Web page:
The key neuropathological data for an in utero origin to schizophrenia centre around neuronal migration, and, increasingly, glial proliferation. The presence of neuronal disarray, heterotopias and malpositioning are very suggestive since cytoarchitecture is largely determined during early fetal life, well before the last trimester.5'35. Among the cellular findings are abnormal cytoarchitecture of the entorhinal cortex characterized by poorly formed layer II neuron clusters and laminar disorganization, a reduction and displacement of hippocampal and cortical pyramidal cells, and abnormal development of the subplate.35,37-41 Such studies suggest disturbances of neuronal migration during the late first or early second trimester. An earlier time is excluded since gross abnormalities in the structure and cellular content of the cerebral cortex would be expected if neurogenesis were affected.5
However, these data are not conclusive, since some studies have not found evidence for abnormal migration in schizophrenia,42"44 and other, more consistent findings such as alterations to neuronal size and synaptic and dendritic organisation may occur later in life, well after birth.5,35 The differences between studies may reflect the methodological difficulties and subde nature of the cytoarchitectural changes.35 Alternatively, it could mean that in many cases the putative in utero insult may occur after mid-gestation, when migration is largely complete.45,46 At this stage there is a marked increase in glial proliferation and if correct this would suggest that we should expect to see a consistent reduction in the amount of white matter.45,46
Imaging data suggests that this is indeed the case, but it has not been fully appreciated until recendy because of technical difficulties,47 although the consistent presence of ventriculomegaly in patients strongly suggests diffuse white matter atrophy.48 Instead the focus has been on whether "lesions" exist. Traditionally, the absence of "gliosis" (i.e., astrocytic activation or scarring) in histopathological and imaging studies of patients with schizophrenia has been taken to mean two things: (1) that this must be a neurodevelopmental process and not a neurodegenerative one (which would leave tell-tale scars), and/or (2) that any changes must have taken place before the third trimester, based on the study by Friede, which supposedly showed that gliosis cannot occur until after the end of the second trimester.5 In fact both conclusions are highly likely to be erroneous. There is evidence that that astrocytic activation can occur as early as 20 weeks of gestation,49 and in any case a few studies have found periventricular white matter lesions in region of patients.50,5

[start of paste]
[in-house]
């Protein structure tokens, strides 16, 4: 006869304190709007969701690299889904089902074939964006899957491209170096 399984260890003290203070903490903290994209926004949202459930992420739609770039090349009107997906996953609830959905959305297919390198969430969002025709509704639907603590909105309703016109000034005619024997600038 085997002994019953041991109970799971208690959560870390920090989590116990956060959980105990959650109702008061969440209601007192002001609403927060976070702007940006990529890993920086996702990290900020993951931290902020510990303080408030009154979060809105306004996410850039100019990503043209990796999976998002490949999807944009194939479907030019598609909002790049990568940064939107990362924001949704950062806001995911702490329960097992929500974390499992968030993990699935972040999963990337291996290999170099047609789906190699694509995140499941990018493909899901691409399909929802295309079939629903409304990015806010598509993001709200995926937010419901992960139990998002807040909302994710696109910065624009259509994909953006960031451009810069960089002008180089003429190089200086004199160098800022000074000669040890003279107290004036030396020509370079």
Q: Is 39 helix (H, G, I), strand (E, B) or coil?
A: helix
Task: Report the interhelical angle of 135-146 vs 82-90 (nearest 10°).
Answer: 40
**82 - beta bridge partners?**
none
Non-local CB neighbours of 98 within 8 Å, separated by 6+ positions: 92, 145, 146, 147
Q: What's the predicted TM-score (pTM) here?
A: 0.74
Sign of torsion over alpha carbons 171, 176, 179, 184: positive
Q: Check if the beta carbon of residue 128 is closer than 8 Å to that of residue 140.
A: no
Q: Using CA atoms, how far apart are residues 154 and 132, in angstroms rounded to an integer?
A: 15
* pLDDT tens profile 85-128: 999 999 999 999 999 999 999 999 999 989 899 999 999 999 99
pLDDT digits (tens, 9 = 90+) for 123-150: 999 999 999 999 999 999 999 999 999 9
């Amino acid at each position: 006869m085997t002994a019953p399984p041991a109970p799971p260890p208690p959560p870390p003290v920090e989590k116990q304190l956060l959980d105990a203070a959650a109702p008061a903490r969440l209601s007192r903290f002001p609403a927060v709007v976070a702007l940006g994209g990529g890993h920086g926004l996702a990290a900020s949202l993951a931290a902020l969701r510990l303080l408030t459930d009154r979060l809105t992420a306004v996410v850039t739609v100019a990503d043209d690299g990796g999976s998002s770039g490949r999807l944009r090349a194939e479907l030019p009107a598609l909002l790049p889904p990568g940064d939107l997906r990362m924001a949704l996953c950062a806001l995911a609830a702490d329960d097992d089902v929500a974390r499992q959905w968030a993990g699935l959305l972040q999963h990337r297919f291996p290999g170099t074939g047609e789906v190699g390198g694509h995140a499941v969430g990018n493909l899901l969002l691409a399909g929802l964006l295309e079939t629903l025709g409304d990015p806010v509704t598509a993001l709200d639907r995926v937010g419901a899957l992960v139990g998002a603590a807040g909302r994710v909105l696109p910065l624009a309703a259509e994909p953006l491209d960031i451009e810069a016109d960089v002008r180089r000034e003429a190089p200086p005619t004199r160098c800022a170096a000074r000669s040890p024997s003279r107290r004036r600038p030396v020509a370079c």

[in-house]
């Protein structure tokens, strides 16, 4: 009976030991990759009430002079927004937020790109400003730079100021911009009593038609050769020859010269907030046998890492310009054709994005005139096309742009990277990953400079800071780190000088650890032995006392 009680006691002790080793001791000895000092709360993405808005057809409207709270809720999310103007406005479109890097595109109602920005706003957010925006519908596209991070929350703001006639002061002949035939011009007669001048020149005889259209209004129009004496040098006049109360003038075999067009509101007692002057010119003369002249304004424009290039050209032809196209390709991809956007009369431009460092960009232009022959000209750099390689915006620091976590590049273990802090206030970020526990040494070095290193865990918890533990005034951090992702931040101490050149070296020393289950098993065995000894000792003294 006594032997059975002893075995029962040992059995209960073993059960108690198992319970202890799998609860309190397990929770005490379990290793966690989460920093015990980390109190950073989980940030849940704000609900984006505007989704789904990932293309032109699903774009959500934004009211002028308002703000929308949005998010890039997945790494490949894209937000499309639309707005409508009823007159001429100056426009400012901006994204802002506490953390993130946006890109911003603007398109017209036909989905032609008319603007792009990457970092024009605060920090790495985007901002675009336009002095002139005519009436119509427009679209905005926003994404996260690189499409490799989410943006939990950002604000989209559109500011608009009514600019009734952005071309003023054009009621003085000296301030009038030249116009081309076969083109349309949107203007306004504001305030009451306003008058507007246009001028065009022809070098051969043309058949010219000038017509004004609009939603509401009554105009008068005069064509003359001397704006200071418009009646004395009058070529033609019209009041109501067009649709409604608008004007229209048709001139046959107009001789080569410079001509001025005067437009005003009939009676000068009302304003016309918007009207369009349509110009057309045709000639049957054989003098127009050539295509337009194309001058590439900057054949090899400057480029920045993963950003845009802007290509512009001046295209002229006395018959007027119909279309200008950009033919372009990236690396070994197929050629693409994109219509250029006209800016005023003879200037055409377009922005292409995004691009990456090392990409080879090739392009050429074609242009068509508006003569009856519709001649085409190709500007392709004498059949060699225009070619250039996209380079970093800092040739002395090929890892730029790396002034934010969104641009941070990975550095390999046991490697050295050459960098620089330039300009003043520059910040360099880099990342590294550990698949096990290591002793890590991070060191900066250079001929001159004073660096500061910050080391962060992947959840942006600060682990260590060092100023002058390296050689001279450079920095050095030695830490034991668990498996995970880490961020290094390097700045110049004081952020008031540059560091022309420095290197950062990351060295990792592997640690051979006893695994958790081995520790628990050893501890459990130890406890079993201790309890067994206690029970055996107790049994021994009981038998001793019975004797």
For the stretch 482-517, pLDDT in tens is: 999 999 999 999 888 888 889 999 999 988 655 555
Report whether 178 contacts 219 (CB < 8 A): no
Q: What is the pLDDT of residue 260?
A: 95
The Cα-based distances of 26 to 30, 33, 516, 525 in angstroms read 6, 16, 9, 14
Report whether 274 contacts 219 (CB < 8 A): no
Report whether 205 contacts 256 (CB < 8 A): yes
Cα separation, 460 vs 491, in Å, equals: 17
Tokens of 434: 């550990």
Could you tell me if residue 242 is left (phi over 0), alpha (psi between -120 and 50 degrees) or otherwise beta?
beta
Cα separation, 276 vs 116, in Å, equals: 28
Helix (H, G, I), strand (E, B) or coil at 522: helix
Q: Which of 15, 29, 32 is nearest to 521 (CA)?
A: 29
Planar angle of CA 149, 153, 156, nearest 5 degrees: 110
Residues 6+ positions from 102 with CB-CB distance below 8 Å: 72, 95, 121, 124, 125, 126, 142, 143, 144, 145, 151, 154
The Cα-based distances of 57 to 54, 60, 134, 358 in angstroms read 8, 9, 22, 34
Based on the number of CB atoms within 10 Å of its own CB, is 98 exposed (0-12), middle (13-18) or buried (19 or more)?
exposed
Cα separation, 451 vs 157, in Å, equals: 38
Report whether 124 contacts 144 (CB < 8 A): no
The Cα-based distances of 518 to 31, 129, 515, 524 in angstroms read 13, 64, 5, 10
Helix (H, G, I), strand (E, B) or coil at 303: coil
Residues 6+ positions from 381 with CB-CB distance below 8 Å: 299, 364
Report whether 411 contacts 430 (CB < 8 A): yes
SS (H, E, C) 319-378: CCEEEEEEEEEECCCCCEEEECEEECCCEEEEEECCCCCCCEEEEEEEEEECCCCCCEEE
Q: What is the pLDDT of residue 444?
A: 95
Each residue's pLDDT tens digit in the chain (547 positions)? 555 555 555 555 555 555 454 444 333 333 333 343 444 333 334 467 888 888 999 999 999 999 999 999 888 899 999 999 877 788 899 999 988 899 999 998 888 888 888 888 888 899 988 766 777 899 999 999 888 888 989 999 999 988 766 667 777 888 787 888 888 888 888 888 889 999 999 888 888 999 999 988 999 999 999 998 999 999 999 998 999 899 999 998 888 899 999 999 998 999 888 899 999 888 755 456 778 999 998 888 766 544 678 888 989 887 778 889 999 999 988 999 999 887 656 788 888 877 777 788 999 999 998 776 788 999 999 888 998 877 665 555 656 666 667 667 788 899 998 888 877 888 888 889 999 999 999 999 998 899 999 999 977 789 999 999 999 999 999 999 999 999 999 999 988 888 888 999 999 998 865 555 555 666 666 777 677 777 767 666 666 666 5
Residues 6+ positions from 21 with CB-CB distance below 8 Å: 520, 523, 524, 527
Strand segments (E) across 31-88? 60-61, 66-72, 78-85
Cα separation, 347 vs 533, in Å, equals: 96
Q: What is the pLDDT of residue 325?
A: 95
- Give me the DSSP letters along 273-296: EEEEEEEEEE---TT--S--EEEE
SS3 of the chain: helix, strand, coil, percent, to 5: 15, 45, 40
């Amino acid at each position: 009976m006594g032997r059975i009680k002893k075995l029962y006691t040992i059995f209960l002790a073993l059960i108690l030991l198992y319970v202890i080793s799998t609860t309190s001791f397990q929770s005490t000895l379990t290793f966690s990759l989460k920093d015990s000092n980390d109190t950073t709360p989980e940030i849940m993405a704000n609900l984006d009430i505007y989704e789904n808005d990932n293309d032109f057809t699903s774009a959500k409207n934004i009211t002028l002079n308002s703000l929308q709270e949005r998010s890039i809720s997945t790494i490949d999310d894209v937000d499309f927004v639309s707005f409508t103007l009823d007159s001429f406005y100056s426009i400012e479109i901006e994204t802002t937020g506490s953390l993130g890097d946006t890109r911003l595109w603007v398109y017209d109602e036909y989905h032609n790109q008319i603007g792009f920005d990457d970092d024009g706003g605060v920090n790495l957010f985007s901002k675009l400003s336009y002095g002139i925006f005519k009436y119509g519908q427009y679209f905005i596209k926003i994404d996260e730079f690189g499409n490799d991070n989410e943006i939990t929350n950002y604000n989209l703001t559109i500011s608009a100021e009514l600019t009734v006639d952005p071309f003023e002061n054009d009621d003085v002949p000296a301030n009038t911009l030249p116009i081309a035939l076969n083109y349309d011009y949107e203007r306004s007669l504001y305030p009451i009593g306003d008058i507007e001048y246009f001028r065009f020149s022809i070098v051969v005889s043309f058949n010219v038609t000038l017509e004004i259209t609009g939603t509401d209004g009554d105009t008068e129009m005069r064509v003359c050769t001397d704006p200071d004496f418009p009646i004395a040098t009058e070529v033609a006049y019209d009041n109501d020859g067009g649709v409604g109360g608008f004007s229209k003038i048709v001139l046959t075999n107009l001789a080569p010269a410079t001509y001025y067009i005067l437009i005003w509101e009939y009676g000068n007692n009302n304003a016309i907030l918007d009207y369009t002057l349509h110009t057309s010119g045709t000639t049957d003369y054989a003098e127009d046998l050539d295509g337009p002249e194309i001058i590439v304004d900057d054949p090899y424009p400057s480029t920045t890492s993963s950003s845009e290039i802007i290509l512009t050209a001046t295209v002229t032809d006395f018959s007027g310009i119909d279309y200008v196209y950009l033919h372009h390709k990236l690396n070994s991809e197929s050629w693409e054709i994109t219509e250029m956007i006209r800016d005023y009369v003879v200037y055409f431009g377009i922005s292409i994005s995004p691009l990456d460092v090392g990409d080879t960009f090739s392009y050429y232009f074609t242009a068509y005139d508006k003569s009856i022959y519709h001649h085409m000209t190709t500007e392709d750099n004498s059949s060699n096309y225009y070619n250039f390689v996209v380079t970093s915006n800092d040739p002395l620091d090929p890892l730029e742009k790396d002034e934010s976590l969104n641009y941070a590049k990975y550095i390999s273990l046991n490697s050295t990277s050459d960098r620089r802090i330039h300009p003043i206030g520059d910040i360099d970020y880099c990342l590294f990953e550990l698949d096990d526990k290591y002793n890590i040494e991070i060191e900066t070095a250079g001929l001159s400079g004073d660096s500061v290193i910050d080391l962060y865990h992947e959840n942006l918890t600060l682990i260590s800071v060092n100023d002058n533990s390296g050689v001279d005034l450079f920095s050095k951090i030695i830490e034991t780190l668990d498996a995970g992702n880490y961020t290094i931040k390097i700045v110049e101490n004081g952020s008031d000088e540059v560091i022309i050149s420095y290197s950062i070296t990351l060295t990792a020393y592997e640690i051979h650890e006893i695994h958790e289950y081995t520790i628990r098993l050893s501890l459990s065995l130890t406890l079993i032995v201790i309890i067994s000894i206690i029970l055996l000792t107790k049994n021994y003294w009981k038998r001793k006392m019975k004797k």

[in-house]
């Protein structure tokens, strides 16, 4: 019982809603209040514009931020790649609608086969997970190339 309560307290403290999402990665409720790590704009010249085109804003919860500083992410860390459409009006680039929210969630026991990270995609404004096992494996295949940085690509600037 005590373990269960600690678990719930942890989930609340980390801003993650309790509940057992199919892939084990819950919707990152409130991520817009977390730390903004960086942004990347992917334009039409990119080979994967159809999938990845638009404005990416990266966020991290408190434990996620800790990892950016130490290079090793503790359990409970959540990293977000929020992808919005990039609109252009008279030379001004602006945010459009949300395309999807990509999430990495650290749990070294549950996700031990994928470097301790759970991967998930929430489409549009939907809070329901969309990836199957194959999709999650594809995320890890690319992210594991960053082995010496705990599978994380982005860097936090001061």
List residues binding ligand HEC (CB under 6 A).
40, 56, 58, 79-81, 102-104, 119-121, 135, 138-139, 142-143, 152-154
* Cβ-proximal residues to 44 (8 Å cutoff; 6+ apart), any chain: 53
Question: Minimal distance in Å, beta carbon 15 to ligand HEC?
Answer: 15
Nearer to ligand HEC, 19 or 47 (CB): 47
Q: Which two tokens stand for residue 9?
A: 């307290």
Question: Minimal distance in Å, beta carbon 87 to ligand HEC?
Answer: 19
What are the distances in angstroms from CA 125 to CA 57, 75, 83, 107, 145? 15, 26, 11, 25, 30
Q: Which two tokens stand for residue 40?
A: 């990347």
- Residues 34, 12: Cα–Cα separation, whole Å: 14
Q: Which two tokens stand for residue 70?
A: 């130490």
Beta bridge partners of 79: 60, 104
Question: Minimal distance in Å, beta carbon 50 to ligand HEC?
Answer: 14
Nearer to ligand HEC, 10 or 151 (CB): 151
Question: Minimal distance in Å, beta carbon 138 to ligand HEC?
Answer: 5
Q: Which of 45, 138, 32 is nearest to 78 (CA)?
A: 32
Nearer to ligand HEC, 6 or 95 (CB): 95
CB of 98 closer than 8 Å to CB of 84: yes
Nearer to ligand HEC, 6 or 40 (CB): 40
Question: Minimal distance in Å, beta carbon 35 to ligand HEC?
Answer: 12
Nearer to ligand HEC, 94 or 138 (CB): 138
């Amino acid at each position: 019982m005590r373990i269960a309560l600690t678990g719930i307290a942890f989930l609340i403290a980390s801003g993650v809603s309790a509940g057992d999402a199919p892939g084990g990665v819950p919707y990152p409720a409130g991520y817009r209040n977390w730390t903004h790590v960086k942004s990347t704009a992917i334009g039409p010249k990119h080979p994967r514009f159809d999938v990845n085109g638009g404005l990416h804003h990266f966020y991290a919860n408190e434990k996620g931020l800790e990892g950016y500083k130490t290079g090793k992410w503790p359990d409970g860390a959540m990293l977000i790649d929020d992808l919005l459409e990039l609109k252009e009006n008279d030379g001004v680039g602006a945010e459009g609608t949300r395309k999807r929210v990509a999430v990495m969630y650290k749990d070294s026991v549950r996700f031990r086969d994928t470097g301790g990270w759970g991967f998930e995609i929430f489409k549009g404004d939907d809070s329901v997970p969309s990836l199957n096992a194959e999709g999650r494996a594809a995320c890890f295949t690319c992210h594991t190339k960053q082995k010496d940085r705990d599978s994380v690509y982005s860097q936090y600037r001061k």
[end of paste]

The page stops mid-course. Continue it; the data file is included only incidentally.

Critically, modern imaging data has confirmed that the most common pathological feature of both schizophrenia and affective disorders is diffuse loss of white matter.10,48,52"58 This loss appears to be region specific. There is, for example, loss of oligodendrocytes (the myelinating cells of the central nervous system) and astrocytes and altered oligodendrocyte ultrastructure in specific layers of the prefrontal cortex.52'58 Consistent with these findings, there is evidence of impaired and reduced myelination in schizophrenia,59,60 and altered expression of myelination related genes.61 Thus there is impairment of the normal age-related development of the frontal and temporal lobes in adulthood.62
Loss of the supporting glia likely contributes to the atrophy of neurons that has been described in the prefrontal cortex.52 Layers III and V of the dorsolateral prefrontal cortex, which give rise to glutamatergic projections to neostriatum, demonstrate the most structural pathology. The fundamental pathophysiology of schizophrenia remains unclear, but evidence suggests that there is excessive stimulation of striatal dopamine D2 receptors, deficient stimulation of prefrontal dopamine D1 receptors, and alterations in prefrontal connectivity involving glutamate transmission at the NMDA subtype of receptor.
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